If the Law Director leaves his or her position before the end of the term, the vacancy is filled by the Commission, not the County Mayor, until the next general election.

I’ve seen it written somewhere that most counties in Tennessee have attorneys appointed by a county mayor or commission. I don’t believe, though, that we should change our Charter based on the idea of being like all of the other counties in Tennessee.

The Attorney General of the state of Tennessee is not appointed by the governor.  He or she is appointed by the Tennessee Supreme Court for a term of 8 years.

So, I come at this from the perspective of a retired lawyer.  Almost all of my lawyering time was as a member of the Judge Advocate General’s Corps in the Air Force.  You know, like the the show JAG or the movie a Few Good Men, except I wasn’t also a fighter pilot and I didn’t get to cross-examine Jack Nicholson.

In my time as a JAG, I had the opportunity to give legal advice to a number of different commanders.  I found there were two basic types.  The first, better type, was the commander who wanted his legal advisor to give him or her plain unvarnished legal advice on a matter.  The second was the commander who said, here’s what I want to do.  Go to the UCMJ or the Air Force regs and figure out how I do it.  Give me something to hang my hat on, I don’t care how dodgy.

Obviously, as a lawyer, I preferred working for the former, rather than the latter, if for no other reason than it ensured I wouldn’t face any ethical issues.  One felt like being a legal advisor.  The other felt like being a fixer.

The Law Director’s duty, according to the description on the Knox County website is to execute and administer the legal affairs of the county.  The law director, his deputies and staff provide legal advice to county officials concerning their offices, serve as intermediary between other offices and departments of government, and litigate on behalf of the county in civil actions.

Based on that description, I think the drafters of the Knox County charter got it right to make this position accountable to the voters of Knox County, rather than the choice to be hired…and fired by the County Mayor as he or she sees fit.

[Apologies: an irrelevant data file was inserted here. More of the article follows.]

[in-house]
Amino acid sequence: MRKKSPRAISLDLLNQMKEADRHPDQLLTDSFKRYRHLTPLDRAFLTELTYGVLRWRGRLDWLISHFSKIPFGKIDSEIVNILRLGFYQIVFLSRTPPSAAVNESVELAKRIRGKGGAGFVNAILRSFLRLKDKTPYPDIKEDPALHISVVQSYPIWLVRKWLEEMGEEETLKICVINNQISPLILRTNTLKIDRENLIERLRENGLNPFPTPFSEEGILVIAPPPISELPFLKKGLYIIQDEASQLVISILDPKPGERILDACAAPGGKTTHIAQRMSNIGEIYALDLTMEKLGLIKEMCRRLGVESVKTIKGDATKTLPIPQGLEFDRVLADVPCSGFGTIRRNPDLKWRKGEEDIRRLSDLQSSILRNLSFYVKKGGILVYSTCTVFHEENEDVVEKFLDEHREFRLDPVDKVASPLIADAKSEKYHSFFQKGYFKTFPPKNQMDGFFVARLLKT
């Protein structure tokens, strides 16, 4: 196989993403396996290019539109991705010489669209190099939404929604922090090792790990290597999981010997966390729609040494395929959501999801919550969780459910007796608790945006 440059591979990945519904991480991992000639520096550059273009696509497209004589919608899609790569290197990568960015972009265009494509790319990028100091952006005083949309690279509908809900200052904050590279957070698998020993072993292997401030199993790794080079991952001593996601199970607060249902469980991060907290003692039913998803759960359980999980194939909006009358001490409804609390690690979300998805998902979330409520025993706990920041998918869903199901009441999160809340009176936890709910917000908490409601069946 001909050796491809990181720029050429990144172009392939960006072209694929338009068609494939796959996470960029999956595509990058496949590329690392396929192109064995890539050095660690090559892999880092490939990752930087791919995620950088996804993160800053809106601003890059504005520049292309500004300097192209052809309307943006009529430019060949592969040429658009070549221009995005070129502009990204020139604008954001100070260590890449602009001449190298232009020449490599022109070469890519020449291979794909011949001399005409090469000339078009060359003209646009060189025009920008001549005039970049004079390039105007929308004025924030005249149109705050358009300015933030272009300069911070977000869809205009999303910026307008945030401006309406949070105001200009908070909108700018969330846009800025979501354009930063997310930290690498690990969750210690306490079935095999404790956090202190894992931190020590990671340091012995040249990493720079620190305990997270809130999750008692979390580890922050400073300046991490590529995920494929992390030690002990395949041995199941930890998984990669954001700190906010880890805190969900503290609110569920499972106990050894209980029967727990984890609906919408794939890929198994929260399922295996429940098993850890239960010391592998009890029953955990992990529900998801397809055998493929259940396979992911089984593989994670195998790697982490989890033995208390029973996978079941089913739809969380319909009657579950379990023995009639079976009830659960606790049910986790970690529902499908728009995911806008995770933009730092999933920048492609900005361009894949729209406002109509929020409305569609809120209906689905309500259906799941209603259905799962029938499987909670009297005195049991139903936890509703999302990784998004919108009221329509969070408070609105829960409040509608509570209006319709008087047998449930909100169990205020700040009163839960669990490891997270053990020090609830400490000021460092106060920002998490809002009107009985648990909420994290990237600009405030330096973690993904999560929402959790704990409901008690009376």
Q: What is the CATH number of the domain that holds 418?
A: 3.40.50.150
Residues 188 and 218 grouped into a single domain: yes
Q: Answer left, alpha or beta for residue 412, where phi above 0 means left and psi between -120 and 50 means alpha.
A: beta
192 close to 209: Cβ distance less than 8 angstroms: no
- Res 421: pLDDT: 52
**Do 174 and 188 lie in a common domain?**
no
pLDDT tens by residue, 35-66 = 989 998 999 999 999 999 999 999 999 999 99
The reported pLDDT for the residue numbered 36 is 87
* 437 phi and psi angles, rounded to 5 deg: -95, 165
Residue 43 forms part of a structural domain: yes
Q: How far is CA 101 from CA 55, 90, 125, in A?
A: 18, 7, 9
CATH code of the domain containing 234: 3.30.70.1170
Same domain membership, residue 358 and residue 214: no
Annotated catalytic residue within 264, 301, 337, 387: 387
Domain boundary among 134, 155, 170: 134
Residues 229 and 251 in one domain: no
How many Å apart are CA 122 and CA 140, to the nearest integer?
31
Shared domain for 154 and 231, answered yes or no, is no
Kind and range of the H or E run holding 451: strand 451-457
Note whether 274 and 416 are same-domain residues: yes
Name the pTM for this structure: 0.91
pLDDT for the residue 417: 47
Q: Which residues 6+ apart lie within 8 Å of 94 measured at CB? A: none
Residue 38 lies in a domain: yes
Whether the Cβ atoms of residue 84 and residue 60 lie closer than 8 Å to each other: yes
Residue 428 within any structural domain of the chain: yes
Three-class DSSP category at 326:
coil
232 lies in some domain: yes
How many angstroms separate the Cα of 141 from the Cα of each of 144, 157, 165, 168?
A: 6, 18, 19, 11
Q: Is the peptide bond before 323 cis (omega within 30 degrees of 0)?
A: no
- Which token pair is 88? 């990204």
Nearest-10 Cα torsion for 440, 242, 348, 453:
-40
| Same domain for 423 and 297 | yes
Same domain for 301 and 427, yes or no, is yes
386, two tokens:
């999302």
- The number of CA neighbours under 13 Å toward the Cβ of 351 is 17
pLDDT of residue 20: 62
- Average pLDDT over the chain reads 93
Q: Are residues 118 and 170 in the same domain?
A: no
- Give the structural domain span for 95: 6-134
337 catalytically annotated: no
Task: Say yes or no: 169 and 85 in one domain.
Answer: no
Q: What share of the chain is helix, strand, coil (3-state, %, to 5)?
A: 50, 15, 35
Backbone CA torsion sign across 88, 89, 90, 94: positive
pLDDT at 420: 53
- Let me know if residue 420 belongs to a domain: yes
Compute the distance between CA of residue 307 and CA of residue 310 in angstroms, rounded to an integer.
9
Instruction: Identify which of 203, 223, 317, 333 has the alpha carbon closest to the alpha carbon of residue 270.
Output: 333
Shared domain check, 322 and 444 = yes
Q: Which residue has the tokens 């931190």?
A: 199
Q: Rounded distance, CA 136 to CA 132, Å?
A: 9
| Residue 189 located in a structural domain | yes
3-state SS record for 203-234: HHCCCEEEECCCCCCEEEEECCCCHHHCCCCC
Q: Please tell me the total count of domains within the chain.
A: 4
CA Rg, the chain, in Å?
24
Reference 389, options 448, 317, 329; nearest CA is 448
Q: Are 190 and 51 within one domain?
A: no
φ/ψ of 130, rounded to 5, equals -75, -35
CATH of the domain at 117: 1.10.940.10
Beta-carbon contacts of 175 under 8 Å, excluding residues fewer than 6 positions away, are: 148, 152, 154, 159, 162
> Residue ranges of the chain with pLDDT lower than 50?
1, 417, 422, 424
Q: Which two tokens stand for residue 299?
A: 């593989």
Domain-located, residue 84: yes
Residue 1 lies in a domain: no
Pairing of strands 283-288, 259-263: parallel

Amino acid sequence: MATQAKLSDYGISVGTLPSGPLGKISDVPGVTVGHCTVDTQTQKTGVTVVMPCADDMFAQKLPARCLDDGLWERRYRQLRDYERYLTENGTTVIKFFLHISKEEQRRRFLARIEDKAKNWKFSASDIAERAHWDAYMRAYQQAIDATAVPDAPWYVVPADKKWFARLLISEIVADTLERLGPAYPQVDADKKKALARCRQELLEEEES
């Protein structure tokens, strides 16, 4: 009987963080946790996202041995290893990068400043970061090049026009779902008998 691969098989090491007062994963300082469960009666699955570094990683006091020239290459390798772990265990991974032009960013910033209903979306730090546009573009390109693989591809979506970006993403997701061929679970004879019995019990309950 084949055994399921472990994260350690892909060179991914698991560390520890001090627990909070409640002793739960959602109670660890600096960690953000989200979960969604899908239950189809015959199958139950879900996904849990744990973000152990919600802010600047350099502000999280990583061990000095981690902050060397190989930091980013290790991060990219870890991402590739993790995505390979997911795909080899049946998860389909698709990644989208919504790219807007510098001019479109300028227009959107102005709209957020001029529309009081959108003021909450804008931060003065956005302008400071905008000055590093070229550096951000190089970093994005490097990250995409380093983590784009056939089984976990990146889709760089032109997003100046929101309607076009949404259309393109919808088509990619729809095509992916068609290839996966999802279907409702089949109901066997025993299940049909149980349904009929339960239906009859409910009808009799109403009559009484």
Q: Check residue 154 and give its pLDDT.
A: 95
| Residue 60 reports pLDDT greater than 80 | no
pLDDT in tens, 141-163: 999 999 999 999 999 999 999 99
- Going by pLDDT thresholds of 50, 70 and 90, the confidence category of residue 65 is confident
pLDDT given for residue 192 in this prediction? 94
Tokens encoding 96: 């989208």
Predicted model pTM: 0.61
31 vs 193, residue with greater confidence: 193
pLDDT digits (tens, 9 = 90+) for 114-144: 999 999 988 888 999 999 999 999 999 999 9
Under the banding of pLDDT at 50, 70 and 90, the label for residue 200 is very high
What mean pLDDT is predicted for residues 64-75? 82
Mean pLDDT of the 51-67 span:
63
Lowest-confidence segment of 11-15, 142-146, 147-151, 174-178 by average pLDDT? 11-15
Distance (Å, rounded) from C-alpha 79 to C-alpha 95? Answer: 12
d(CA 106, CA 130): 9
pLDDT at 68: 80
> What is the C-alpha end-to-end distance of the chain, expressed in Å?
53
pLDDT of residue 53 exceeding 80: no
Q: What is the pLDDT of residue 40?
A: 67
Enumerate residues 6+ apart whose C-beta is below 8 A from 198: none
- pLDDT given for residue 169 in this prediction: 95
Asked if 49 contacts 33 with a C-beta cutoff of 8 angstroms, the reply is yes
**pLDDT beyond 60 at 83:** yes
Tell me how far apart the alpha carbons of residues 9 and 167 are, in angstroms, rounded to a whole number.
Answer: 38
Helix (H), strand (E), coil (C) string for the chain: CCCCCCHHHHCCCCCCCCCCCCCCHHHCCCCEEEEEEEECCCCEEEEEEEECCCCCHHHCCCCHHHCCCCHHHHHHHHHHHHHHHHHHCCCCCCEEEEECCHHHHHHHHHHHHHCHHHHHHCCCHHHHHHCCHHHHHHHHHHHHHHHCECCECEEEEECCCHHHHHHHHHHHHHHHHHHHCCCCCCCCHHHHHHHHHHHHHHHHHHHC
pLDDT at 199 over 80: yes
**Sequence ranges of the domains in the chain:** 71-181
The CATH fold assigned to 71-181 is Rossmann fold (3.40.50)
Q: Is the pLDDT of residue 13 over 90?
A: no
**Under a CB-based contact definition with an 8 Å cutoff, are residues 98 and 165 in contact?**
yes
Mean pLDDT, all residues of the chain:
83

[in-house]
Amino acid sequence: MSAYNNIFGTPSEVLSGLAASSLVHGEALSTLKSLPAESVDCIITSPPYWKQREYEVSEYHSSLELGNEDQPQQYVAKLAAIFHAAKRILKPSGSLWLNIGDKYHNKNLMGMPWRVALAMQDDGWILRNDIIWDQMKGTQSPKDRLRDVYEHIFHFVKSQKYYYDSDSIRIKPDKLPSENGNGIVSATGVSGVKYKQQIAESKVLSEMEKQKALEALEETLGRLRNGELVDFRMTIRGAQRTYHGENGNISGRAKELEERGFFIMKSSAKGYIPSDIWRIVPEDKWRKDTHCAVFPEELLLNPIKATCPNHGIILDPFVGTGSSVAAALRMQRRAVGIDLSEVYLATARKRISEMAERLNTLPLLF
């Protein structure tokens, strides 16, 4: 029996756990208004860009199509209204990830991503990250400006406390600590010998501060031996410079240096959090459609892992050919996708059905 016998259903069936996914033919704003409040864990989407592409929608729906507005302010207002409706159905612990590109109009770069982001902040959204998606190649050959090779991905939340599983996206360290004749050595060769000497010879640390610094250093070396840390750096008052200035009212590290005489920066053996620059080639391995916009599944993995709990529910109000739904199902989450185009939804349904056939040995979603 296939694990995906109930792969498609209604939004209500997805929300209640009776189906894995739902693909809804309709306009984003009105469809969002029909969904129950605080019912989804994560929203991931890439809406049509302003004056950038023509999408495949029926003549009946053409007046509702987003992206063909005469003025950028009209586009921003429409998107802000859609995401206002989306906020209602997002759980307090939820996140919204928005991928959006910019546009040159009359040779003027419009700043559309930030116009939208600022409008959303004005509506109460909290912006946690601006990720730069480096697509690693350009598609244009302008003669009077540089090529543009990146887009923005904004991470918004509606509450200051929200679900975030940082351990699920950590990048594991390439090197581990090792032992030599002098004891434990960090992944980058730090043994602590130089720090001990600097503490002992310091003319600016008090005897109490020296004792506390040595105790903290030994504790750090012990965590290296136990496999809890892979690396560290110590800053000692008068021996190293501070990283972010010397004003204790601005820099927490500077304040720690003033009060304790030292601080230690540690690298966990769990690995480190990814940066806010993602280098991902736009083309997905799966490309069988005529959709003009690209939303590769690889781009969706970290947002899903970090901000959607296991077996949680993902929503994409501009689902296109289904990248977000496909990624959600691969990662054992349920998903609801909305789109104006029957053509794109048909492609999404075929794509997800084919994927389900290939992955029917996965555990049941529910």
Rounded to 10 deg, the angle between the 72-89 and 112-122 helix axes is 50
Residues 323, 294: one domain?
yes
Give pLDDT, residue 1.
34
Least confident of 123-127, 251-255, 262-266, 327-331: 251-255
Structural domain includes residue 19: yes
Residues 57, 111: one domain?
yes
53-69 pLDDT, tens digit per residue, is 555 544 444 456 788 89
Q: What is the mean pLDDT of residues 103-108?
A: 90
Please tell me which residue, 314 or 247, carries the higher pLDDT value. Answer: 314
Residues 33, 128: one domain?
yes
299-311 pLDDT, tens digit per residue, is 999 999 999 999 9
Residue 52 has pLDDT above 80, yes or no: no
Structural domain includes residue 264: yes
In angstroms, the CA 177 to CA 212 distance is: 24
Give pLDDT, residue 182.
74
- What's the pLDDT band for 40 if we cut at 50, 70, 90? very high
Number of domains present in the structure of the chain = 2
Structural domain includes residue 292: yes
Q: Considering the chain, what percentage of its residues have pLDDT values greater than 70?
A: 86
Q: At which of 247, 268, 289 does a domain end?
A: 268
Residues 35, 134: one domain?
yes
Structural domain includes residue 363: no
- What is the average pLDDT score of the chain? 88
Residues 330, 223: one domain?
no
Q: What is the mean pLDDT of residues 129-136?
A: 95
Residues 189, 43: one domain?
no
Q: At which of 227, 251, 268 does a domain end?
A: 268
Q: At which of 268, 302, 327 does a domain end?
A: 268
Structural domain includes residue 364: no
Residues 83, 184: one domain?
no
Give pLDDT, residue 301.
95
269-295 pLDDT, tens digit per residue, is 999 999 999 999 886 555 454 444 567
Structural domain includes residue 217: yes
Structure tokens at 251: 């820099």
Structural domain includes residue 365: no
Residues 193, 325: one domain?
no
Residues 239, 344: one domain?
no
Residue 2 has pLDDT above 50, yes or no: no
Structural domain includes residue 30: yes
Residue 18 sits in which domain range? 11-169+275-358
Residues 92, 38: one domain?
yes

Now, I have heard some on my side of the political aisle come out in favor of appointment of the Law Director based on the state of elections in Knox County.  The idea being that all elected party affiliated positions in county government except one are held by Republicans.  So, better to take this position out of the world of partisan elections.  Or so the argument goes.

My response to that is, one, I hope there are a few more Democrats in County government after the coming elections.  And, 2 –  that the Mayor, a Republican, is just as capable of putting a partisan hack in the job as are the voters of Knox County.  If we can get a partisan hack in either case, I think the job of choosing that person should rest with the voters, rather than one single person.

Another argument against changing how the Law Director is selected played out over the last year in the drama that was the TVA Tower deal.  The current Law Director, Bud Armstrong, was elected by the voters and is a Republican, just like the County Mayor.  The Mayor and his administration put together a complicated deal to buy/lease the TVA Tower.  Law Director Armstrong didn’t just roll over and give the green light. He raised legitimate legal questions about the way the deal was structured.

To my mind, I don’t think it mattered that Law Director Armstrong was in the same political party as the County Mayor.  I think the Law Director felt he had independence enough to raise those questions because he was elected by the voters of Knox County to be their Law Director.  I am not confident that a different Law Director who was appointed by the County Mayor would always be able to be that independent.

I want a Law Director who gives plain, unvarnished legal advice.  I think the best way to get this is to keep this position accountable to the voters of Knox County.


Published by Todd Frommeyer for Knox County Commission

Retired Air Force JAG, former Navy Russian linguist, former consumer financial regulator, political junkie